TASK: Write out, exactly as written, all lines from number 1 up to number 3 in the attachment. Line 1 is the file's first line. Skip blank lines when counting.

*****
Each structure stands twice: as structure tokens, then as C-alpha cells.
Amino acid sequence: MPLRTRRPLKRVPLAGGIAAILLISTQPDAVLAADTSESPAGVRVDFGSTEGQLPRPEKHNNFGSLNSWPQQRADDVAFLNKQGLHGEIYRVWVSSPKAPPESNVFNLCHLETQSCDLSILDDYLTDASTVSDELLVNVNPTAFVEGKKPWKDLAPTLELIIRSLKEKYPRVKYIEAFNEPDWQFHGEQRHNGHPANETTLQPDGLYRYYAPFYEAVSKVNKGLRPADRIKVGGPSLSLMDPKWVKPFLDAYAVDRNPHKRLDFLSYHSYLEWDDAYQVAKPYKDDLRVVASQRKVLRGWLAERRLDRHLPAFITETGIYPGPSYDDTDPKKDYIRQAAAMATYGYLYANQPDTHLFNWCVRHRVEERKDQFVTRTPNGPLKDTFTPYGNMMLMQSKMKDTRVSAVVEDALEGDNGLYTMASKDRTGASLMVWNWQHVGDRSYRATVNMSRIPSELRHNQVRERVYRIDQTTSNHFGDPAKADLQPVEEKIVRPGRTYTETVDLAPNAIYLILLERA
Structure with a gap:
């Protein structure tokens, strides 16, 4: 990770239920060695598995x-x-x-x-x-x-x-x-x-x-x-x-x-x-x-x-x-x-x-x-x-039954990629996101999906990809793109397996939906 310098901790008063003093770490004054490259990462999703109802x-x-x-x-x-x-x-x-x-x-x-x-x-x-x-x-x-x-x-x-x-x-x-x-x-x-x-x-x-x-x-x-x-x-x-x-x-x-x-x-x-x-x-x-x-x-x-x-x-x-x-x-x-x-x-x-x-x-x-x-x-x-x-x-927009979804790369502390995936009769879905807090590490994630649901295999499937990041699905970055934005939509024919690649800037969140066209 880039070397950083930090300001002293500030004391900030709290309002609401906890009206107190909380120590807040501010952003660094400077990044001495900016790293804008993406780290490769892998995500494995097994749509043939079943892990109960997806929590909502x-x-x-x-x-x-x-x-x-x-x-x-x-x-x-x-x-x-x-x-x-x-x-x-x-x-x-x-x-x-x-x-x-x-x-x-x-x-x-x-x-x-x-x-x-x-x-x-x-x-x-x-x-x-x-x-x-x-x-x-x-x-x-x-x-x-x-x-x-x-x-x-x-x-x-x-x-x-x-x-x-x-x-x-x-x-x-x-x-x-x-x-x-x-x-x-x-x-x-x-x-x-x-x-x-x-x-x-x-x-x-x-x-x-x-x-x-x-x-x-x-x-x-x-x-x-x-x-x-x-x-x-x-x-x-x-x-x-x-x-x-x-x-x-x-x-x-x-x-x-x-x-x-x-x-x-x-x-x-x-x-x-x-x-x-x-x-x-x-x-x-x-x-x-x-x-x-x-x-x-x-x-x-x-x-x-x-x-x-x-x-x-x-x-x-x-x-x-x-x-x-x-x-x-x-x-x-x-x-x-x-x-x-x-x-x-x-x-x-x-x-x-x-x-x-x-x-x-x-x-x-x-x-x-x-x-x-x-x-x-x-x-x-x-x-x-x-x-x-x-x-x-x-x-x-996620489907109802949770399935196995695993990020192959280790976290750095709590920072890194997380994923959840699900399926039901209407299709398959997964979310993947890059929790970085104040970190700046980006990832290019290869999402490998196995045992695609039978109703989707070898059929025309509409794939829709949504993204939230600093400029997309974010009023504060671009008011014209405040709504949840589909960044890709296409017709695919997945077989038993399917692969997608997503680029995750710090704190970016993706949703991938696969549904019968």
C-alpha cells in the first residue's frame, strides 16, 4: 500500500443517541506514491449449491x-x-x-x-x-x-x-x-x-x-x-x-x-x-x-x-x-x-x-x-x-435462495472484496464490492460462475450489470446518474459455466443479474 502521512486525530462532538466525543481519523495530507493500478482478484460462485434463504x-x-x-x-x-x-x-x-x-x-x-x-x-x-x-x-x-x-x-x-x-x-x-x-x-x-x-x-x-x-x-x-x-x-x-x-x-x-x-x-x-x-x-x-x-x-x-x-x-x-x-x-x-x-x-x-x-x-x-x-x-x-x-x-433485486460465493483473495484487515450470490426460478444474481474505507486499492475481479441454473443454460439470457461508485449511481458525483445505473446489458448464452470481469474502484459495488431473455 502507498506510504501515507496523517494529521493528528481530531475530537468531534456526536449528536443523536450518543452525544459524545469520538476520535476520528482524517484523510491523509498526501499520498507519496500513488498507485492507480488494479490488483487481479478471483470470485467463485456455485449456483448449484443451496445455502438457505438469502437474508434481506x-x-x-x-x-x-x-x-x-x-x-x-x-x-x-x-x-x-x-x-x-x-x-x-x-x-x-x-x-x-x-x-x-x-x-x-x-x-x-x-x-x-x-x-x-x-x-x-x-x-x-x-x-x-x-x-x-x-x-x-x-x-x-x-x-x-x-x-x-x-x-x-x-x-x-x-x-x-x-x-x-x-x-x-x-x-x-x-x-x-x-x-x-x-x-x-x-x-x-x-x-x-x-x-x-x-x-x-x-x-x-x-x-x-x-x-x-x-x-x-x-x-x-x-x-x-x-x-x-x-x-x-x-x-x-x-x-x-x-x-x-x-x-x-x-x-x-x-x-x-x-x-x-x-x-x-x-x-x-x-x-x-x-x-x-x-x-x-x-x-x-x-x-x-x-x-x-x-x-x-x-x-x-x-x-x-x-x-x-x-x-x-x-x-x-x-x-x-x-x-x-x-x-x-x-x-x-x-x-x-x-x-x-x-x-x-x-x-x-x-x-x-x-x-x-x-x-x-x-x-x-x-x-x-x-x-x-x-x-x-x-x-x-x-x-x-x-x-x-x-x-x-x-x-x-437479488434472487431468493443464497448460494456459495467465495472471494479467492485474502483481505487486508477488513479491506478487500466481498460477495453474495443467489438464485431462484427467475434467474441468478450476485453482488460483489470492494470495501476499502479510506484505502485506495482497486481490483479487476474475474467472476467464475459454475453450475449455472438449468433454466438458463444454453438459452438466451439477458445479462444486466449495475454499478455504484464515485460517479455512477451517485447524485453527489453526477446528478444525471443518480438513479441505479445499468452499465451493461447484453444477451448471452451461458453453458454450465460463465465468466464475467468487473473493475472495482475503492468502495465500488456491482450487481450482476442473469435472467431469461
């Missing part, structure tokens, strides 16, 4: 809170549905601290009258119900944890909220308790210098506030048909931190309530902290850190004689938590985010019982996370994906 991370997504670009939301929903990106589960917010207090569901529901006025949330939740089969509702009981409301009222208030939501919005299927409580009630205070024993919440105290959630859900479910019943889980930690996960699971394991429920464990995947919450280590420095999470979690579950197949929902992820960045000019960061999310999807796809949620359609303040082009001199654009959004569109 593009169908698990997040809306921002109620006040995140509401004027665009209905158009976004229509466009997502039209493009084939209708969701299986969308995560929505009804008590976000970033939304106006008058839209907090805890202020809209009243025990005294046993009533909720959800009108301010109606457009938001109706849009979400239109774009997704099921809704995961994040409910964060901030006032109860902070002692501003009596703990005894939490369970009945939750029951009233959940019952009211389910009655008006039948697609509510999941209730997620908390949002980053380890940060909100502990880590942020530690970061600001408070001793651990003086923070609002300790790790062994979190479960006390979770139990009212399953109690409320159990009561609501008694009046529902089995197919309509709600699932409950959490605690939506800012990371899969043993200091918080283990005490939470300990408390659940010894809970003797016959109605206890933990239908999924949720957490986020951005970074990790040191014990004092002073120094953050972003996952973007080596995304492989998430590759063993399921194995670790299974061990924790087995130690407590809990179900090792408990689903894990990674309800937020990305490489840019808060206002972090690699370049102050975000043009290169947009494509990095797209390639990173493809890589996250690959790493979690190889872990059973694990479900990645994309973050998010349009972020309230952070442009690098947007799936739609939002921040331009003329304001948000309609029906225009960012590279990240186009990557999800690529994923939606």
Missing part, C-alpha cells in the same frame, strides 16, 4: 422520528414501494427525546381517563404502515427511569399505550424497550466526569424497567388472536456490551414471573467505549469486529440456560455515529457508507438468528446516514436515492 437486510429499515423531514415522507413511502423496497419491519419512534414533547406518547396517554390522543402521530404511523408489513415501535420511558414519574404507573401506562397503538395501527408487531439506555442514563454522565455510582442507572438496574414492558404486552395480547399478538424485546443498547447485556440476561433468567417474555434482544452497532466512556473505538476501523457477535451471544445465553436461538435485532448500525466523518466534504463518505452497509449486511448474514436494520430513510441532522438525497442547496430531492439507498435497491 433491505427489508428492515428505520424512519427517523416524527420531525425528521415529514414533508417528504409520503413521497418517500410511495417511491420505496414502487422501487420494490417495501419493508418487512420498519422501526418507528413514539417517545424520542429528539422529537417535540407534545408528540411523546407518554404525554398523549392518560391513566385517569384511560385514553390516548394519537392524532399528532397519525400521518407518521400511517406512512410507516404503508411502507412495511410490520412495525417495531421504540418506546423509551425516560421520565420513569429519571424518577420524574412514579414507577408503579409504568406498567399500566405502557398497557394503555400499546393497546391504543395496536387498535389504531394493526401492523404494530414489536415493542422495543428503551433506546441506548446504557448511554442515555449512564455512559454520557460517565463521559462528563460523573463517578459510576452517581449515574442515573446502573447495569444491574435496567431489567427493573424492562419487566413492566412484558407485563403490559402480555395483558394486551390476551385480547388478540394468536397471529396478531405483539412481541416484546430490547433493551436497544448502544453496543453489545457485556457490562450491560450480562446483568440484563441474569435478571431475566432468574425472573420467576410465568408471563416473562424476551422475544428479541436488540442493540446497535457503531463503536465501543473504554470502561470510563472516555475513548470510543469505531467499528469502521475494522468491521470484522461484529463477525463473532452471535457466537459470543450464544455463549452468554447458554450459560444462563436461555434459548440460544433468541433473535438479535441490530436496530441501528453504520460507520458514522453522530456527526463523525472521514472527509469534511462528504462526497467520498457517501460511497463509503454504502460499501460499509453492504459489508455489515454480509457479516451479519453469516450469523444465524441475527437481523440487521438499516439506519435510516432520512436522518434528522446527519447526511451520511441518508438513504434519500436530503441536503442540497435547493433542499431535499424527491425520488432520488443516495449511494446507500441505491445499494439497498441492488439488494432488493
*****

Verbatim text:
Each structure stands twice: as structure tokens, then as C-alpha cells.
Amino acid sequence: MPLRTRRPLKRVPLAGGIAAILLISTQPDAVLAADTSESPAGVRVDFGSTEGQLPRPEKHNNFGSLNSWPQQRADDVAFLNKQGLHGEIYRVWVSSPKAPPESNVFNLCHLETQSCDLSILDDYLTDASTVSDELLVNVNPTAFVEGKKPWKDLAPTLELIIRSLKEKYPRVKYIEAFNEPDWQFHGEQRHNGHPANETTLQPDGLYRYYAPFYEAVSKVNKGLRPADRIKVGGPSLSLMDPKWVKPFLDAYAVDRNPHKRLDFLSYHSYLEWDDAYQVAKPYKDDLRVVASQRKVLRGWLAERRLDRHLPAFITETGIYPGPSYDDTDPKKDYIRQAAAMATYGYLYANQPDTHLFNWCVRHRVEERKDQFVTRTPNGPLKDTFTPYGNMMLMQSKMKDTRVSAVVEDALEGDNGLYTMASKDRTGASLMVWNWQHVGDRSYRATVNMSRIPSELRHNQVRERVYRIDQTTSNHFGDPAKADLQPVEEKIVRPGRTYTETVDLAPNAIYLILLERA
Structure with a gap: